Never Delete Any Old Images - Archive them Always
Since I went back into photography 15 years ago, I have not intentionally deleted any images, and I have even kept images from the previous period before that. I learned that deleting images was never a good idea, not as I sit in front of over 20TB of storage, and I know that I still have more in the attic and office.
If you have space, and let’s face it, storage is relatively cheap, why delete any images? If you look through books, none of the classic photographers disposed of any negatives, and now the work in many cases has more reverence and a place today than when it was taken. Like a vintage bottle of wine, sometimes images get better with time.
I have featured this set of images in the behind-the-scenes section of the website. The images were used once and then archived, but I also sent out the pictures to other magazines for submission. One of the magazines finally decided to run the images as an editorial.
The images have a fresh lease of life, and now I can see them proudly used again. Honestly, I often browse through previously archived images, especially in writing this blog, and it helps me keep a steady flow of content. To actually shoot just for the blog would be quite a challenge; however, pat shoots which are archived and now standing me in good stead to keep the blog interesting.
Pull Letters For Fashion Shoot Submissions
If you’re a stylist and you want to start working on editorials to get published in magazines, you need a pull letter before reaching out to designers and photographers to collaborate on an editorial project.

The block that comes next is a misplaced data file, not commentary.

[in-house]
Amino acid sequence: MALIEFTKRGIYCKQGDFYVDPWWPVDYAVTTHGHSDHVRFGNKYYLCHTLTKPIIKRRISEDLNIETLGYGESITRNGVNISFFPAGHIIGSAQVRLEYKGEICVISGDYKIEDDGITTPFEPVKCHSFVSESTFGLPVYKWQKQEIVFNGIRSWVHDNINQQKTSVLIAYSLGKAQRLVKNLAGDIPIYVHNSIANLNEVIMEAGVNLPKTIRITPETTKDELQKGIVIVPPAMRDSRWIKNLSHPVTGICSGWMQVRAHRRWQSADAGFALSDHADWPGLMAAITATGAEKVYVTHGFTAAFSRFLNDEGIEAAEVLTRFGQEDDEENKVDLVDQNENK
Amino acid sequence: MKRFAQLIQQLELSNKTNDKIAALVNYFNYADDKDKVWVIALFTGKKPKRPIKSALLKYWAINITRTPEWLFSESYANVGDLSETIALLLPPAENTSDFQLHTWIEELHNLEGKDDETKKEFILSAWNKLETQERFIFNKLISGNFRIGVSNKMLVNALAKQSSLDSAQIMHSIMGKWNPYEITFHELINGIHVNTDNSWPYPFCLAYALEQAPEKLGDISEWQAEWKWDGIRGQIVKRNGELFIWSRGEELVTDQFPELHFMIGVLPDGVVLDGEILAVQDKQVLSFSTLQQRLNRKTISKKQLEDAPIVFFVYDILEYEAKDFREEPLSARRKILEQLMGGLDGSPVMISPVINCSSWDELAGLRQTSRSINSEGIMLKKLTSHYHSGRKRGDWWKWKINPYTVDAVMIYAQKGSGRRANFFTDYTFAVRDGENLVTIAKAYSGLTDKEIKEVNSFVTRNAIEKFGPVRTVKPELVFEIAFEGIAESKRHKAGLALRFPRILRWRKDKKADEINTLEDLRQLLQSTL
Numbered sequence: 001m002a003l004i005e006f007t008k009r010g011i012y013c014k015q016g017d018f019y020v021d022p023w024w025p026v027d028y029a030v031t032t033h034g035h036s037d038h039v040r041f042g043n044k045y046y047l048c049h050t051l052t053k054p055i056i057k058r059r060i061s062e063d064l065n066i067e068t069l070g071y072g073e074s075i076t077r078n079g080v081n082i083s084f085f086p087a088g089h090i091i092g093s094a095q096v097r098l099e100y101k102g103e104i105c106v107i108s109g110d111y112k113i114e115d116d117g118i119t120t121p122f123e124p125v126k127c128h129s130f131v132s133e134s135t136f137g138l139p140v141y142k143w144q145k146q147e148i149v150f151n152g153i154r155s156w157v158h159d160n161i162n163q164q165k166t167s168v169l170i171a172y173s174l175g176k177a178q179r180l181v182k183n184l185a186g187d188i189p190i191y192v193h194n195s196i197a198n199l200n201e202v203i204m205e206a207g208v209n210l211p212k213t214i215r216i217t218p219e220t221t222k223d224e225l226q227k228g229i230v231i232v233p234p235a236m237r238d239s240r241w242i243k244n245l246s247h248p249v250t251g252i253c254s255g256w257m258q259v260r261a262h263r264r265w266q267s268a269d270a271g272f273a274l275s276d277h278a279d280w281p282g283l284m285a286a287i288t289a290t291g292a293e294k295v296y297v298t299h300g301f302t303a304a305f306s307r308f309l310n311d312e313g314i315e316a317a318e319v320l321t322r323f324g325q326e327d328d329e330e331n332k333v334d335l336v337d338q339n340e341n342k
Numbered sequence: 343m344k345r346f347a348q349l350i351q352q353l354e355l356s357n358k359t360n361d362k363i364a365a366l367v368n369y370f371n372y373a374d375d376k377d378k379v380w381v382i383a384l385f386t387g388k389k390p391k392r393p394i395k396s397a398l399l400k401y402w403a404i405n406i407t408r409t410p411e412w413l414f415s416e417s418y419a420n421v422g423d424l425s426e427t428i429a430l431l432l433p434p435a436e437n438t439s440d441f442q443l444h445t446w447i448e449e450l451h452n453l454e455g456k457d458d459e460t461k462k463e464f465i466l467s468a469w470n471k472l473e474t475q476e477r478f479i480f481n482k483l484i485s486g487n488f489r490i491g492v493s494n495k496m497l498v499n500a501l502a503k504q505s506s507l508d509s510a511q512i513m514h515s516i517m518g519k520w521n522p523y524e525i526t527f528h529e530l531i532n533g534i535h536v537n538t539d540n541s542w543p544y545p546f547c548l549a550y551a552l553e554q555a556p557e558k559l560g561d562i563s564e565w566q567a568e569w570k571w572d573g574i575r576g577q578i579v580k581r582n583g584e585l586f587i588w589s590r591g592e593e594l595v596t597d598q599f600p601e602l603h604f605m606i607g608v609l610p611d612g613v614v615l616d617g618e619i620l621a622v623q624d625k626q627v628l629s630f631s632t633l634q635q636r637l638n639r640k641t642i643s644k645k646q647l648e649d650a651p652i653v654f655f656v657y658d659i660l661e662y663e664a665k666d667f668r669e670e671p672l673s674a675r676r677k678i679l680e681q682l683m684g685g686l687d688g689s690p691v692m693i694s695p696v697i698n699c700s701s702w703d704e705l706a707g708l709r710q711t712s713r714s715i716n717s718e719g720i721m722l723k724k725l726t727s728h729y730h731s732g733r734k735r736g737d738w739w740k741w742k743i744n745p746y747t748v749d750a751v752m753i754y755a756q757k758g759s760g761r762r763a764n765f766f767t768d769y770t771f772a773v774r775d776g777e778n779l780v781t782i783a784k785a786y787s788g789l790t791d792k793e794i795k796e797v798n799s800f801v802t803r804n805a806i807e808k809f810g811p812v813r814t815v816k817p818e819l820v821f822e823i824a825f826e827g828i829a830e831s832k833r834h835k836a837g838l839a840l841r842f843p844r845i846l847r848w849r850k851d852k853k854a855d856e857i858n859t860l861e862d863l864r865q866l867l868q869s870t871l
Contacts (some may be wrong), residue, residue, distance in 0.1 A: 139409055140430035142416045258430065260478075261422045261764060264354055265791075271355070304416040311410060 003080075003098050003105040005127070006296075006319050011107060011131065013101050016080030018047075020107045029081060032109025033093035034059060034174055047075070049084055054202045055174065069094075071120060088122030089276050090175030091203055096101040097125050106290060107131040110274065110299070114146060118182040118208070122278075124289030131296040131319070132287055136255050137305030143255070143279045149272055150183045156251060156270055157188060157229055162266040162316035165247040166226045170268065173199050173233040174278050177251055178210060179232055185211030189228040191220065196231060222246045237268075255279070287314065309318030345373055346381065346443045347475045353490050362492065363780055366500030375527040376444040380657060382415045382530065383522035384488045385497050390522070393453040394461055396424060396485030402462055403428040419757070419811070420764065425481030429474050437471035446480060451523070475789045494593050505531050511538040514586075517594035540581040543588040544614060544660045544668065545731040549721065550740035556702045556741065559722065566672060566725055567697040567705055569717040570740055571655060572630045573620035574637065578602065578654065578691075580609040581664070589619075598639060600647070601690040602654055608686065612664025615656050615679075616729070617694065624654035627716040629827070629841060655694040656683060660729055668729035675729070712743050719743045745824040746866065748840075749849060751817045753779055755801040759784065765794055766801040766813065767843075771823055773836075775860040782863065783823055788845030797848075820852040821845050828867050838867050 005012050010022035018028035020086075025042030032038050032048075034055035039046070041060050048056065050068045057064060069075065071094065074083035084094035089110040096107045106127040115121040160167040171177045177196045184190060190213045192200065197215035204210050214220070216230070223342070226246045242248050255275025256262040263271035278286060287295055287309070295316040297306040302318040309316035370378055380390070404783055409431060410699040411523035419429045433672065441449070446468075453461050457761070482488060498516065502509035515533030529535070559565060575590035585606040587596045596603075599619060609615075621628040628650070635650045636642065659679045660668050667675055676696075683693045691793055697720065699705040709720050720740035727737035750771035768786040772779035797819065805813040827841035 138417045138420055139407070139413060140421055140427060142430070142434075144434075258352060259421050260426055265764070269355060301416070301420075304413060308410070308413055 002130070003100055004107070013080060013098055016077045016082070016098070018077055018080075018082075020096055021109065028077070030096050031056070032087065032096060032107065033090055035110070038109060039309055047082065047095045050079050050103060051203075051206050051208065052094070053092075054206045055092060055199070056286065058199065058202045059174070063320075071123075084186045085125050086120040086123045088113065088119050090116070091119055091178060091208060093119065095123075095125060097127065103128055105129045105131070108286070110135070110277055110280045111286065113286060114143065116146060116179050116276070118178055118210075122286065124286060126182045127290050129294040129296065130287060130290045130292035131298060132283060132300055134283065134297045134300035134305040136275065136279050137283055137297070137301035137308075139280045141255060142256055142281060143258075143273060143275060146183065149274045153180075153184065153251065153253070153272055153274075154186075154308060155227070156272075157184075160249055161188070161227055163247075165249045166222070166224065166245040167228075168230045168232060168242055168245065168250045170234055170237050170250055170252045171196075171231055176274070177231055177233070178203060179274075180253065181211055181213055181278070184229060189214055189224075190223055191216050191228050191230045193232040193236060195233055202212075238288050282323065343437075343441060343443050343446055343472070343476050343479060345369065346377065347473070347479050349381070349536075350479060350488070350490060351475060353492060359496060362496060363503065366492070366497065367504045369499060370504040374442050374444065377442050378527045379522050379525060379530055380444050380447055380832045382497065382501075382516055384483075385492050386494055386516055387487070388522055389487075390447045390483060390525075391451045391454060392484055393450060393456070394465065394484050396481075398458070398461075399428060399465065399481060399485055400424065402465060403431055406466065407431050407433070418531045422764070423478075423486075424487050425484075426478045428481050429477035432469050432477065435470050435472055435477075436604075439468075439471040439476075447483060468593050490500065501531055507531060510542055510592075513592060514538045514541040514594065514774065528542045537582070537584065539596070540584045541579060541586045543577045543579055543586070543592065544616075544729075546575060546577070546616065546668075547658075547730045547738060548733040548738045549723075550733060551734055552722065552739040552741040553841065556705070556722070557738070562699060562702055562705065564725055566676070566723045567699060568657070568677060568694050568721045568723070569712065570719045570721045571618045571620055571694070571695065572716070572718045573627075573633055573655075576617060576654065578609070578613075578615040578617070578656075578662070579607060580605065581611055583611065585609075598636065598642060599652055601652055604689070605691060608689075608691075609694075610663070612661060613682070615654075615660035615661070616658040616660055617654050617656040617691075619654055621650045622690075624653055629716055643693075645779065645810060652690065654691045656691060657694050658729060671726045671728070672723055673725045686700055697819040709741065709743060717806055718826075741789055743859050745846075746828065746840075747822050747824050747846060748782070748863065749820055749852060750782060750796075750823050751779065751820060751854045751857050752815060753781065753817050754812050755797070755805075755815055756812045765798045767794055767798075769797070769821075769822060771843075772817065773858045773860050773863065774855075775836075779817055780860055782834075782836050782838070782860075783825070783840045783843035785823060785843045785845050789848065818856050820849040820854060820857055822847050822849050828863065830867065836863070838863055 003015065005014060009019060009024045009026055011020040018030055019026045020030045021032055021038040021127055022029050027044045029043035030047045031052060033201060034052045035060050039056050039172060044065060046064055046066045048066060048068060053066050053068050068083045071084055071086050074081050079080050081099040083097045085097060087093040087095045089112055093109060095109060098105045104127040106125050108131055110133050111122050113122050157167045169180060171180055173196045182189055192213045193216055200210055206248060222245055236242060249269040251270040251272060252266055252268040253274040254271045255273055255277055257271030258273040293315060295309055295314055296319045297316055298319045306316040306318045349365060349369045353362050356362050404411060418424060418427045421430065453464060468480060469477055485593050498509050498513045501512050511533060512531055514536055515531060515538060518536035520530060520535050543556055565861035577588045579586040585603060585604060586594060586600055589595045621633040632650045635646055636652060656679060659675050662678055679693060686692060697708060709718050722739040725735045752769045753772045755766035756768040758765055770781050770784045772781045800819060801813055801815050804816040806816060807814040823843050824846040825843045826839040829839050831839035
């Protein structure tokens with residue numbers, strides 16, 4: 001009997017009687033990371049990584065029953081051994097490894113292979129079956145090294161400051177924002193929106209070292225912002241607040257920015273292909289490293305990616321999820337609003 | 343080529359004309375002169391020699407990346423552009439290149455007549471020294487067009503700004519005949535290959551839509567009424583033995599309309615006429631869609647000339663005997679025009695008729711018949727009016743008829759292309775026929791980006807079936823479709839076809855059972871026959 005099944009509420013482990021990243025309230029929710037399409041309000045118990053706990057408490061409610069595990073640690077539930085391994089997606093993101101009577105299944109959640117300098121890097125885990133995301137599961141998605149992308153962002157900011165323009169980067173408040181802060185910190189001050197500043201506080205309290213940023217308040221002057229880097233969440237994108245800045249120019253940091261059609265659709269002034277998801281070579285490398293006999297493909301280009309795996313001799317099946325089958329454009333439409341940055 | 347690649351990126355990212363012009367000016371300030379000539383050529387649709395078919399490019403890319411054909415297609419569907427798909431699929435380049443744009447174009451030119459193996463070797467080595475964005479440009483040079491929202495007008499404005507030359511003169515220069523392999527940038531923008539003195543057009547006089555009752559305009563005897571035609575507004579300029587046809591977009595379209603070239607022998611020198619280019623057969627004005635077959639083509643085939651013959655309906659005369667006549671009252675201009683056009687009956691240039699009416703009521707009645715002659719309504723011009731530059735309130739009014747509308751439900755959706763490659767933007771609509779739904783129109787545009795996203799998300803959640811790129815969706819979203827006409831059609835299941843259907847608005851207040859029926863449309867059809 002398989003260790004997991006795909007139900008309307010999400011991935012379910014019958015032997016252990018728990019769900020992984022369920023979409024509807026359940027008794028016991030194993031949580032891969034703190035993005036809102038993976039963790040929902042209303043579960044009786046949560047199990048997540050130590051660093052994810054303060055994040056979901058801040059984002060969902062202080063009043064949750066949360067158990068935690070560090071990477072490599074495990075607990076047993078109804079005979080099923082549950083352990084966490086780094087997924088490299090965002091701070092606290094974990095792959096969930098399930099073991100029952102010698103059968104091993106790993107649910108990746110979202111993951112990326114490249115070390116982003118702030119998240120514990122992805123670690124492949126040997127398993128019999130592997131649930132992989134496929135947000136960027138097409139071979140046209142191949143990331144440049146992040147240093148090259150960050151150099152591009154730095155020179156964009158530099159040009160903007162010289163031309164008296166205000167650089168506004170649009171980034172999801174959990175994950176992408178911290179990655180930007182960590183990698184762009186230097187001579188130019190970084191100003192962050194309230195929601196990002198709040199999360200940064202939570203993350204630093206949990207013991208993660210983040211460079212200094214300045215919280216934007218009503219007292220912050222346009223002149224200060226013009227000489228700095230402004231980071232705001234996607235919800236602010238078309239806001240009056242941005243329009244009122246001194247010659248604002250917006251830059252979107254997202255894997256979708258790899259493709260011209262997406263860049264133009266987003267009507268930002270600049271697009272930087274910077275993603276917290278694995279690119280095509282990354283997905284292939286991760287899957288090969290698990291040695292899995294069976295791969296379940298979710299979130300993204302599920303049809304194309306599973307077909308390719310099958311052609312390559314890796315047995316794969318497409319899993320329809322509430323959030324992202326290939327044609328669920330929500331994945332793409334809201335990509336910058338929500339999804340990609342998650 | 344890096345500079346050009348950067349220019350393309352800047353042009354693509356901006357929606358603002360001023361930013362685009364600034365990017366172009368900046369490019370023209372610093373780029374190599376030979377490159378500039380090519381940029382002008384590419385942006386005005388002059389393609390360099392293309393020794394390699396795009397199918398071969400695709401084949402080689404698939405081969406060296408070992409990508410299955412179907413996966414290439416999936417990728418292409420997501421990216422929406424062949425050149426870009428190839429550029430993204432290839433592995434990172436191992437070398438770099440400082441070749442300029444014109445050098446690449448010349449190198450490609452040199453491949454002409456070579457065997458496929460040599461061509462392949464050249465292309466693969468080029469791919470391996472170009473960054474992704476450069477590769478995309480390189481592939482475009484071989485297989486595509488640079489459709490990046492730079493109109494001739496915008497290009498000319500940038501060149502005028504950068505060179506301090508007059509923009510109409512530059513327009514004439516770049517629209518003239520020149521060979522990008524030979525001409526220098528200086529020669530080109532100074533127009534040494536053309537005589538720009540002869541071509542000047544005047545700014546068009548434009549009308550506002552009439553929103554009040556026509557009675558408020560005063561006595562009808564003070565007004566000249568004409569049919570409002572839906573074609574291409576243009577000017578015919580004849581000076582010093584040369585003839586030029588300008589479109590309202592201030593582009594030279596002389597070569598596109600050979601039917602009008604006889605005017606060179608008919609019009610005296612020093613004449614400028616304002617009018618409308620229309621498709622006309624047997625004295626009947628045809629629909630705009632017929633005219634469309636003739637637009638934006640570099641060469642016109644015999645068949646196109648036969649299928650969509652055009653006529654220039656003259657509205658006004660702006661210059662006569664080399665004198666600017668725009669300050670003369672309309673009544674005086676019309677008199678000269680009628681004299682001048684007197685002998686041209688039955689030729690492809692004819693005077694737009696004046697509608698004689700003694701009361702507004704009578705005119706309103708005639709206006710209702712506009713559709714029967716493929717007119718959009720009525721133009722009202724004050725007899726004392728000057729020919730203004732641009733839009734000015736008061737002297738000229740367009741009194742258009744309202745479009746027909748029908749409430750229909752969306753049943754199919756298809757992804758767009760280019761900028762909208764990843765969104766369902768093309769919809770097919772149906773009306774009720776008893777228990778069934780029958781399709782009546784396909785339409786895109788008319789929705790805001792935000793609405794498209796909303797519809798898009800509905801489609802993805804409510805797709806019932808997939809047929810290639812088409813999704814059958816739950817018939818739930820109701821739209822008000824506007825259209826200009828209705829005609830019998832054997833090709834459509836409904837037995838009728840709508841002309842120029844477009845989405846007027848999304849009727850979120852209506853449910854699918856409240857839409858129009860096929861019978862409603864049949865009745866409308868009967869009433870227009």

A magazine pull letter, also known as a commission letter or a letter of responsibility is what you need to borrow fashion items for magazine shoots. A pull letter is a contract written by the magazine between the stylist, the magazine itself and the designer for an editorial.
A stylist uses the pull letter as an official document to ask for pieces of clothing to facilitate the shoot and it includes the shoot dates, story theme, publication date, editor’s contact, and sample return date. The pull letter makes the magazine responsible for replacing the clothes if something were to happen to the wardrobe during a shoot while if a stylist can’t get a pull letter, the burden of financial responsibility will rest solely on the stylist. Pull letters will help you build youor portfolio by allowing stylists to pull the items for submission. based around your own mood boards.
At one time I found it tricky to get stylists and clothing and so I created an online magazine called Minus10. This was a submission based magazine and allowed photographers to get their work published, I mainly created this so I can create a pull letter to allow the photographer and stylist to collaborate and get the clothes for submission to my magazine, however I found it was a great way for my stylists to go out and pull clothes with my letter!
A while ago I let all this go based on time factor and could continue.